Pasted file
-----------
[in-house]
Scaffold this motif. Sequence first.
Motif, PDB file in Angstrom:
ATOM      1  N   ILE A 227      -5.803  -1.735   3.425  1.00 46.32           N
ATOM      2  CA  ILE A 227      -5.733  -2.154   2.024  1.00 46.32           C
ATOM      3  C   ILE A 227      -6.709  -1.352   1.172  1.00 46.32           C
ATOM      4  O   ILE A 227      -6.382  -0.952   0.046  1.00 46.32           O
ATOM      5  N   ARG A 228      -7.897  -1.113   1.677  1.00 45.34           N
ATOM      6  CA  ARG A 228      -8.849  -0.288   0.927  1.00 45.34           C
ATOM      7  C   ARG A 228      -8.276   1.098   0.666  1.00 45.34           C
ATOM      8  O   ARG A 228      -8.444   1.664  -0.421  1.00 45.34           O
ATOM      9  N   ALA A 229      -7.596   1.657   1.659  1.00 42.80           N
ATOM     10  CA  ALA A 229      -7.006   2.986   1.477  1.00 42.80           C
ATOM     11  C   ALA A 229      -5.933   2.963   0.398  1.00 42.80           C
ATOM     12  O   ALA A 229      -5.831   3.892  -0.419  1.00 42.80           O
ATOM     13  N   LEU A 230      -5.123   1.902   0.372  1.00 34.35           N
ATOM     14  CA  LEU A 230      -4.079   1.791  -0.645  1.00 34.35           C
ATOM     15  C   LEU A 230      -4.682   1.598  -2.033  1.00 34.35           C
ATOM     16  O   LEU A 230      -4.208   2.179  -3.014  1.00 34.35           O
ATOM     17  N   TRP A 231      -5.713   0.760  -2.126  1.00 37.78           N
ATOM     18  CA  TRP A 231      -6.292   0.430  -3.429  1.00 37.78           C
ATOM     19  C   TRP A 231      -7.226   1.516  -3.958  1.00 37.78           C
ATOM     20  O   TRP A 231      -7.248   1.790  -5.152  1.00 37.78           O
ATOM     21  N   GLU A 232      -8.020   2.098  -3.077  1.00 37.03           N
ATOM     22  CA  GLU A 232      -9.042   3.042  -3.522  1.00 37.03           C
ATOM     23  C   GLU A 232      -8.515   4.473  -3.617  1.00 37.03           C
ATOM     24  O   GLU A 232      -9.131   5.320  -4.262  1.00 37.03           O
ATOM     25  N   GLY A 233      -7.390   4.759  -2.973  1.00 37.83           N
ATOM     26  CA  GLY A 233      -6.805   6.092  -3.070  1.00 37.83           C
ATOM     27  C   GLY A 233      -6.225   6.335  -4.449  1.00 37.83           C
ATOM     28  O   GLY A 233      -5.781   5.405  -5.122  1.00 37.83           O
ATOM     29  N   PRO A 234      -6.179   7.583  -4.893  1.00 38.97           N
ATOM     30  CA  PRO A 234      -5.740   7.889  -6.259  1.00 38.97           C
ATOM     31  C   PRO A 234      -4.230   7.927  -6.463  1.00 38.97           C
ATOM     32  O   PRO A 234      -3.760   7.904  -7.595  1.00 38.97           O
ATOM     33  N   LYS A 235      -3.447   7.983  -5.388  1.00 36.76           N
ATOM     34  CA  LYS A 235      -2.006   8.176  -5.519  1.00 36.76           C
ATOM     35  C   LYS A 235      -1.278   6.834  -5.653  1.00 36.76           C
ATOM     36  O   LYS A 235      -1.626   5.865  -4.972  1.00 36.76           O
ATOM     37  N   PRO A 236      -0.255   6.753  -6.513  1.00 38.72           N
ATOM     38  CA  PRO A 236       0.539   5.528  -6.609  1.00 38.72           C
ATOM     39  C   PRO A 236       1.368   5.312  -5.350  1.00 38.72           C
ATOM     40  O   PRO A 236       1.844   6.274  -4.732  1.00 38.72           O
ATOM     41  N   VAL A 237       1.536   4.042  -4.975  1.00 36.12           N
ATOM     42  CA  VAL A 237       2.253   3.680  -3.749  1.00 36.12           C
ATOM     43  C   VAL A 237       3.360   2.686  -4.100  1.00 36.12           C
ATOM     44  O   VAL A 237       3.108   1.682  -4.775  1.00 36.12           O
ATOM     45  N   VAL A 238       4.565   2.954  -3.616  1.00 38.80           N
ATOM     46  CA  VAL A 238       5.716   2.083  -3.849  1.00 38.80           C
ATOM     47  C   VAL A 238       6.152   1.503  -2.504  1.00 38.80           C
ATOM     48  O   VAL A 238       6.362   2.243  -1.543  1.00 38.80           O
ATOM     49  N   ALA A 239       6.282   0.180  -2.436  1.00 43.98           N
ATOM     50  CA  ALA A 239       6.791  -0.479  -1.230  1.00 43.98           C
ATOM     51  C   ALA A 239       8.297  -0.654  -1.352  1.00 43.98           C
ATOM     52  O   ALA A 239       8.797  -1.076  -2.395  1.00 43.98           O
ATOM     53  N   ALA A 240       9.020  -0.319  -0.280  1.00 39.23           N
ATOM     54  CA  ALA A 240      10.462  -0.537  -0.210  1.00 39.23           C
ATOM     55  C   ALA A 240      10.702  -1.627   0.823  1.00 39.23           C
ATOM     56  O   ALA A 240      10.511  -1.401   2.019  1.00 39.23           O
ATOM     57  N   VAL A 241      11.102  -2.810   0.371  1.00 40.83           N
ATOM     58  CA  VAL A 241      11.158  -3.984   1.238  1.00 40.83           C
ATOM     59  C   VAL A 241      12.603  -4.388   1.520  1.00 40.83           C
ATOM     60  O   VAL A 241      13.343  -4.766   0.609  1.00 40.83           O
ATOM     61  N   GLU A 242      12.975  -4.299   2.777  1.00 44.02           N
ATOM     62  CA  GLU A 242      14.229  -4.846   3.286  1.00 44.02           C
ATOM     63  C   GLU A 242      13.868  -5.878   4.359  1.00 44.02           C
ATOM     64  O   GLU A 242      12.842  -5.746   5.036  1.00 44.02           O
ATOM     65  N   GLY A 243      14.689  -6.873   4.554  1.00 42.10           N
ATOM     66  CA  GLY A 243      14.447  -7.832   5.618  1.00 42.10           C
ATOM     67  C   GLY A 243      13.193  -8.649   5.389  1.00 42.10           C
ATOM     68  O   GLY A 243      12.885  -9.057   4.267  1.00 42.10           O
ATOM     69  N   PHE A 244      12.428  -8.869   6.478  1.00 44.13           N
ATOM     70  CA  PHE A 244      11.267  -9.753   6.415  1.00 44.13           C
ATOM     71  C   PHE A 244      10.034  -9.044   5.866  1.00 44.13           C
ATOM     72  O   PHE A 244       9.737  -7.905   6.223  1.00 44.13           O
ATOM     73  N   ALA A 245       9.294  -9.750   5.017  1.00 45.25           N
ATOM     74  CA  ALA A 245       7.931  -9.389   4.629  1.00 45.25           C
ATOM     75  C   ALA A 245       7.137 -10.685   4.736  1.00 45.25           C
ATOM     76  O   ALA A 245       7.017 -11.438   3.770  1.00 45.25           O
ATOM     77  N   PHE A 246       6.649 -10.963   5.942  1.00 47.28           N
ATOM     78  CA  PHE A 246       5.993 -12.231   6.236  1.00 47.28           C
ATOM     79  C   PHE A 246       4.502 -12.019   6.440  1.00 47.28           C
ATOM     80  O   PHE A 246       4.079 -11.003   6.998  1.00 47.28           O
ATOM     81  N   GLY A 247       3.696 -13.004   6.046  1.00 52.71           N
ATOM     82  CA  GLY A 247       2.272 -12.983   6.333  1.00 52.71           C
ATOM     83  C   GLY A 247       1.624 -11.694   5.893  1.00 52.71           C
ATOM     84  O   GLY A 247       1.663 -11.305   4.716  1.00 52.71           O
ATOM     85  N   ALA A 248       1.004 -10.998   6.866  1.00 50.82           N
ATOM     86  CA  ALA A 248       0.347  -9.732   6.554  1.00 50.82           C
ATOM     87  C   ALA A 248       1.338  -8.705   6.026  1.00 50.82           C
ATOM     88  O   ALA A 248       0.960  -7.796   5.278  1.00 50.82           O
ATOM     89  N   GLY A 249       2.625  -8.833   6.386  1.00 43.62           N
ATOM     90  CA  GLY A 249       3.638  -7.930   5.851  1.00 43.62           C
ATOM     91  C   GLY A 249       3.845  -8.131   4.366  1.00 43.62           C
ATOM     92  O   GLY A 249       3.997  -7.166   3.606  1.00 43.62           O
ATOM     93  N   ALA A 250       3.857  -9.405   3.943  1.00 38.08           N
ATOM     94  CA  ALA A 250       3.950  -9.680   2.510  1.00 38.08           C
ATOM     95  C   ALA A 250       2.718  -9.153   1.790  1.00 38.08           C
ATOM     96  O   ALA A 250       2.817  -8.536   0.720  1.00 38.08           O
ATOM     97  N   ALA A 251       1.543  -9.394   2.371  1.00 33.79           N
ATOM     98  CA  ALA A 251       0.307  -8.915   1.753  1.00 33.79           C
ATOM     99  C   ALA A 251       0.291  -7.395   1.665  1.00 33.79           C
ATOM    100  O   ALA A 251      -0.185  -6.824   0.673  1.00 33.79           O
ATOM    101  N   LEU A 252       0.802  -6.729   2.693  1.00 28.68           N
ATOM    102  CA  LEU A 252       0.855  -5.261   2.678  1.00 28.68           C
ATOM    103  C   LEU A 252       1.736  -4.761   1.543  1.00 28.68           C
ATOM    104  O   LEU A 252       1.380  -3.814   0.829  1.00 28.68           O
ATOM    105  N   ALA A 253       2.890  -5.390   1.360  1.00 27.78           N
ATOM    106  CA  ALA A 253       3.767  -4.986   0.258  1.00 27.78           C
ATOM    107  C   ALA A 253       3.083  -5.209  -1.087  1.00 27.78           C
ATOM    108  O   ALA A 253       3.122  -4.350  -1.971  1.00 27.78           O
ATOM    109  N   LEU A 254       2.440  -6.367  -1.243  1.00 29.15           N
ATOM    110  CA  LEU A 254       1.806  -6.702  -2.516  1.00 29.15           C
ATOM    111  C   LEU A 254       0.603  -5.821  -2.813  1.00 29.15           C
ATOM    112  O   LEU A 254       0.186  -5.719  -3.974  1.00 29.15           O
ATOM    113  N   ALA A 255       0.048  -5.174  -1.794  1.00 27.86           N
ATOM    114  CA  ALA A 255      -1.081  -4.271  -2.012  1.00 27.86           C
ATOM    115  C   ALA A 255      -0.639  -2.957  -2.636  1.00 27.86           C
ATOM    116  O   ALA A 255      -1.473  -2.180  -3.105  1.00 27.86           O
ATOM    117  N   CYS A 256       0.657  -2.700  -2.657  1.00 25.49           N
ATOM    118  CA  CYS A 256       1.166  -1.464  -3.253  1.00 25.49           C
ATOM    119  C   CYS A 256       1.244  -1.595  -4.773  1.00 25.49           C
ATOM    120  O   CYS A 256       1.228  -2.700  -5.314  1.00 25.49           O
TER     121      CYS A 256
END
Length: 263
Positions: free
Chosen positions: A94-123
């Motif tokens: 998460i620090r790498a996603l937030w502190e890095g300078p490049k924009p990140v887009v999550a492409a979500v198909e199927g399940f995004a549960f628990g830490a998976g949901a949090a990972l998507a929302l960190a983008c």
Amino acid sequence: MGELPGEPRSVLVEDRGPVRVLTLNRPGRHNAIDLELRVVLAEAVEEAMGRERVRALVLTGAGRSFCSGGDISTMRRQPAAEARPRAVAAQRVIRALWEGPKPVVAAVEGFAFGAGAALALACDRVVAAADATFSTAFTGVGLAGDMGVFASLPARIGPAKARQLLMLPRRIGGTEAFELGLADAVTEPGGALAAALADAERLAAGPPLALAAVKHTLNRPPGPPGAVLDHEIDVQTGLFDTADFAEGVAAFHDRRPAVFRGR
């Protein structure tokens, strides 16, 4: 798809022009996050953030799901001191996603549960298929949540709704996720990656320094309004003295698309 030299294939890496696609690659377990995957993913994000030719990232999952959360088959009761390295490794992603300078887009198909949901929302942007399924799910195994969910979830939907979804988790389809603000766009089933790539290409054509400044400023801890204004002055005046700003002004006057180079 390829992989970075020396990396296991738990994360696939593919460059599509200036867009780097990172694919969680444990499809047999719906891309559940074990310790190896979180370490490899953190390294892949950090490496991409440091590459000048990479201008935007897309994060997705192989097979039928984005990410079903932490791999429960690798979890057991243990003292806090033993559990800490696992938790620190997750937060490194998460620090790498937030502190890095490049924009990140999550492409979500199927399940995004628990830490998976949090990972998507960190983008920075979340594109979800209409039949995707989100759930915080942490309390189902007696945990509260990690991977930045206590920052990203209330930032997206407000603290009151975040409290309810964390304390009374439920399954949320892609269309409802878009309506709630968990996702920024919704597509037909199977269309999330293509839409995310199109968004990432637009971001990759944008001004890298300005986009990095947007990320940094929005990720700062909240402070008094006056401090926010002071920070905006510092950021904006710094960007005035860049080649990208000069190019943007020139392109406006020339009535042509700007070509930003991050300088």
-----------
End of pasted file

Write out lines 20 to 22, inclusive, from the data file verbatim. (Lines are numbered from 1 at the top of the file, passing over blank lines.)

ATOM     17  N   TRP A 231      -5.713   0.760  -2.126  1.00 37.78           N
ATOM     18  CA  TRP A 231      -6.292   0.430  -3.429  1.00 37.78           C
ATOM     19  C   TRP A 231      -7.226   1.516  -3.958  1.00 37.78           C